By Bruce Bond
If you are going there by foot, prepare
to get wet. You are not you anymore.
You are a girl standing in a pool
of clouds as they catch fire in the distance.
There are laws of heaven and those of place
and those who see the sky in the water,
angels in ashes that are the delta’s now.
They say if you sweep the trash from your house
after dark, you sweep away your luck.
If you are going by foot, bring a stick,
a third leg, and honor the great disorder,
the great broom of waterfowl and songbirds.
Prepare to voodoo your way, best you can,
knowing there is a little water in things
you take for granted, a little charity
and squalor for the smallest forms of life.
Voodoo was always mostly charity.
People forget. If you shake a tablecloth
outside at night, someone in your family
dies. There are laws we make thinking
it was us who made them. We are not us.
We are a floodplain by the Mississippi
that once poured slaves upriver to the fields.
We are a hurricane in the making.
We could use a magus who knows something
about suffering, who knows a delta’s needs.
We understand if you want a widow
to stay single, cut up her husband’s shoes.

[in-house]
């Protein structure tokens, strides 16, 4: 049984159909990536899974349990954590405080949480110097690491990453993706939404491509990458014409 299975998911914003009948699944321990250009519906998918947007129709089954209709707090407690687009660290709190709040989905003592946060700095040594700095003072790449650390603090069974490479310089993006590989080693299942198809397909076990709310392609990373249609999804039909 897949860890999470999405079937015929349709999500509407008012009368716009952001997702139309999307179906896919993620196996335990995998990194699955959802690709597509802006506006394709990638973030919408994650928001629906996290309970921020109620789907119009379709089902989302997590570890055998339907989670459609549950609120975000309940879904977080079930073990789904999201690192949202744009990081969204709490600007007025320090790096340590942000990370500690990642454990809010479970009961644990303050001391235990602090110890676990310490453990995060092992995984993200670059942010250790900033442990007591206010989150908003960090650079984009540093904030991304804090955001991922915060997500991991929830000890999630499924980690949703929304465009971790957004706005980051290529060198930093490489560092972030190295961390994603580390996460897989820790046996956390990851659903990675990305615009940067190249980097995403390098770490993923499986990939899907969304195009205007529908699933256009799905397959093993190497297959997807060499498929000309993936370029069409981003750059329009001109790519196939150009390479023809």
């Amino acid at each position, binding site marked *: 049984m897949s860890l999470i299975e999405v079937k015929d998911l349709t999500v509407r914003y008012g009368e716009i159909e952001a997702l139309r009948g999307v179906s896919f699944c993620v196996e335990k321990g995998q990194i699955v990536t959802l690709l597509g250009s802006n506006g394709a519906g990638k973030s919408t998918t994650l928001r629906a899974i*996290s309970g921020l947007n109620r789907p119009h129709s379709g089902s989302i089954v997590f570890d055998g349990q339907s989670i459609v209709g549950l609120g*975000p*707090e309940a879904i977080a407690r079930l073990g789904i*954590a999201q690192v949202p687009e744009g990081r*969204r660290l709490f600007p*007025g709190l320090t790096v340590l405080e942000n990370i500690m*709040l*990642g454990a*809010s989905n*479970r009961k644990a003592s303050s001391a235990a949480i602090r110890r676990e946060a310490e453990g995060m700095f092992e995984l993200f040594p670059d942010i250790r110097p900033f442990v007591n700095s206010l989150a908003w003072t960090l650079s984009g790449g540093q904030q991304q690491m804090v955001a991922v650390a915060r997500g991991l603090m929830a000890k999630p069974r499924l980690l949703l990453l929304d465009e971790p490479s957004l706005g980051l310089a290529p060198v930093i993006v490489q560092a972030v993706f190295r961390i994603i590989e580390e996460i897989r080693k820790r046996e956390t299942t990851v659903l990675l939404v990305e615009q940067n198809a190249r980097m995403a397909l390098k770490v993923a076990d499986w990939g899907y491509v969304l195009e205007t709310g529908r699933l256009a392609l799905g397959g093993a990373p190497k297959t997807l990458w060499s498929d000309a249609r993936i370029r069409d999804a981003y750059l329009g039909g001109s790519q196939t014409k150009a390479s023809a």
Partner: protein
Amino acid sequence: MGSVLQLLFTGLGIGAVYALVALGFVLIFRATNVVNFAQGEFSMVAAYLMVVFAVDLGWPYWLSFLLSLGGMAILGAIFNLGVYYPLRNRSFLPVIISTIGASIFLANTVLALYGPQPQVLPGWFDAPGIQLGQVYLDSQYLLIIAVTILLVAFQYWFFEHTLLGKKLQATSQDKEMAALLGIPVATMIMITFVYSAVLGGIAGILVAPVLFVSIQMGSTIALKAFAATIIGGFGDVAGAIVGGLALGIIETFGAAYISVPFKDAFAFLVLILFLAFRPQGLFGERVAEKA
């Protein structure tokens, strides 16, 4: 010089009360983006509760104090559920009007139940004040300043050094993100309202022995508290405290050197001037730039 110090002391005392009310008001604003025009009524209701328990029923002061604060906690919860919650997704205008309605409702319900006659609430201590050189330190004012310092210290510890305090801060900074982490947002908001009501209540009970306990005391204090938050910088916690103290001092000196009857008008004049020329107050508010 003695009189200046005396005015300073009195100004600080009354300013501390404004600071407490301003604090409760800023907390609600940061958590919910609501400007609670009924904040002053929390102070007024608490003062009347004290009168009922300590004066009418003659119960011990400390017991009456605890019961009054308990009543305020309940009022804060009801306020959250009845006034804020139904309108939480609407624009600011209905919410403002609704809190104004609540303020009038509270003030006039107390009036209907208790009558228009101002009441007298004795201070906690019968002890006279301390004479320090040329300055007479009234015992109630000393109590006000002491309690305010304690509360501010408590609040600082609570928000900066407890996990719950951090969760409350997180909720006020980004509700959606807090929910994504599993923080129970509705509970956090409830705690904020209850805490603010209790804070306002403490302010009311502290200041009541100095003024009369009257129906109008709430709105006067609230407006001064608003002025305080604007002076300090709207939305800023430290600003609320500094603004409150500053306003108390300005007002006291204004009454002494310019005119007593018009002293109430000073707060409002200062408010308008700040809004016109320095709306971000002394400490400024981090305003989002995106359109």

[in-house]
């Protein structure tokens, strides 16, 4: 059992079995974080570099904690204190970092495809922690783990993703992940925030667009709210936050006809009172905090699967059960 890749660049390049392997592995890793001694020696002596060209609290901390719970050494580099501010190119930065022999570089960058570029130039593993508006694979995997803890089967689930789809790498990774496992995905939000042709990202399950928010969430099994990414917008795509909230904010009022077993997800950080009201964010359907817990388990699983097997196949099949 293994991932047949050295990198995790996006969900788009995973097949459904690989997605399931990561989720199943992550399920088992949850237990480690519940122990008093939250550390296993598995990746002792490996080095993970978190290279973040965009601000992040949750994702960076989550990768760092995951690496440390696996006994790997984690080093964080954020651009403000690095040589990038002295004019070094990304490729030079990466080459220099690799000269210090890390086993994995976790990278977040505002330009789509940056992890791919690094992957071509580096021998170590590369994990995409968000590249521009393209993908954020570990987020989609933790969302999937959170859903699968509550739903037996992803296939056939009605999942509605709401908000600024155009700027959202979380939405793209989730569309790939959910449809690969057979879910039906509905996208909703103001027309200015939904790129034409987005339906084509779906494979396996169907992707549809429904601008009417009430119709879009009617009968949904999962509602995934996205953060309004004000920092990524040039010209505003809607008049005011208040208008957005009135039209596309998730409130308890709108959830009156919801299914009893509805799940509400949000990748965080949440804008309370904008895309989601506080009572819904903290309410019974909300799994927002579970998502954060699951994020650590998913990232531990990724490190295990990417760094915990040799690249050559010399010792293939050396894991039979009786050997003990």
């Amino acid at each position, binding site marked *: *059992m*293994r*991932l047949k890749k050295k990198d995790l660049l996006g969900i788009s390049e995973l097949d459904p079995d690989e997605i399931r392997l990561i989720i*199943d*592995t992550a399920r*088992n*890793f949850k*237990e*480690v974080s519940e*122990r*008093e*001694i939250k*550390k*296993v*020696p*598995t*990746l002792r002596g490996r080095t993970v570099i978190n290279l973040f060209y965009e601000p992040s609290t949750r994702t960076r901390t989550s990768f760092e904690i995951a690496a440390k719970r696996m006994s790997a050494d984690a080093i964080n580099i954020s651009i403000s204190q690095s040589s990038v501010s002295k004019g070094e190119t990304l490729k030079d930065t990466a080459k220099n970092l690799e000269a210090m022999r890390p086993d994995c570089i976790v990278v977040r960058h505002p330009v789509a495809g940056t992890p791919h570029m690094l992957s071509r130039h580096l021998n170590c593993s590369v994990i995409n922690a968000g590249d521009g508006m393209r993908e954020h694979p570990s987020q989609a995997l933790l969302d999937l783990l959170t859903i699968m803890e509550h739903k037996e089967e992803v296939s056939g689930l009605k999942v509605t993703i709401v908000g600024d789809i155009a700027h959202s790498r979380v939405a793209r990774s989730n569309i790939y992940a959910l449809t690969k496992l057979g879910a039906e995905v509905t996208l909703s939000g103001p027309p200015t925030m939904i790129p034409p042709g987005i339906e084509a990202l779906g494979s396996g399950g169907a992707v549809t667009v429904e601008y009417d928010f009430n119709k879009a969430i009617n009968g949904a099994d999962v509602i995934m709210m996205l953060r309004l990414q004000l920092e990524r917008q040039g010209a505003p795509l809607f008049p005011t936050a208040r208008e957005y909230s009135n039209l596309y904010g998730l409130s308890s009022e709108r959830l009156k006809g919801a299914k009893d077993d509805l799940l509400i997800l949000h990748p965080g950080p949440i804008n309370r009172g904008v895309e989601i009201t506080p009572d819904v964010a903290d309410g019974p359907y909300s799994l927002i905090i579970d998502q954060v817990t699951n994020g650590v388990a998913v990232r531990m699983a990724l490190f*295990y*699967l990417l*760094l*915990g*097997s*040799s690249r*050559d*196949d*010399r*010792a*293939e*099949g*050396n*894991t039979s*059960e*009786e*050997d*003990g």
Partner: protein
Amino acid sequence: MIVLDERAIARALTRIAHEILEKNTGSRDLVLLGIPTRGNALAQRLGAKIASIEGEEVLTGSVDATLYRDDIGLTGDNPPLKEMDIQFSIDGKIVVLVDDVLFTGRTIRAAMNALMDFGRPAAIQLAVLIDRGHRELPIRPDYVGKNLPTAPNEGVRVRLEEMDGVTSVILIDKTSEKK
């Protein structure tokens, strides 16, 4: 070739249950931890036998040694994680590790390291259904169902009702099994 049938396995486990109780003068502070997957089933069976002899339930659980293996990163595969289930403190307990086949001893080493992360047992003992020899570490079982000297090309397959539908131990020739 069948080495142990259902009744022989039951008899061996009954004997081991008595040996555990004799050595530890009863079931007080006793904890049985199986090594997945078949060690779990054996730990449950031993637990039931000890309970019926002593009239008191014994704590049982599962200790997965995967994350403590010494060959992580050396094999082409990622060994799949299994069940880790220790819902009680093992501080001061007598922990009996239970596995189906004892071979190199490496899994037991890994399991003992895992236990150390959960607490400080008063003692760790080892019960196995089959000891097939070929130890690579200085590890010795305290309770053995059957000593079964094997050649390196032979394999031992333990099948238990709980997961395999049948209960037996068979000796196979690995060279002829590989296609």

He is not himself anyway and walks
barefoot across a landscape that has no north.
Only a ghost tree here and there, a frog,
a cricket, a bird. And if the fates are kind,
a girl with a stick, who is more at home,
being homeless, than you will ever be.
Source: Poetry (July 2013)
More Poems about Social Commentaries
In Flanders Fields
In Flanders fields the poppies blow
Between the crosses, row on row,
That mark our place; and in the sky
The larks, still bravely singing, fly
Scarce heard amid the guns below.
We are the Dead. Short days ago
We lived, felt dawn, saw sunset glow,
The Glories of Our Blood and State
The glories of our blood and state
Are shadows, not substantial things;
There is no armour against Fate;
Death lays his icy hand on kings:
Sceptre and Crown
Must tumble down,
And in the dust be equal...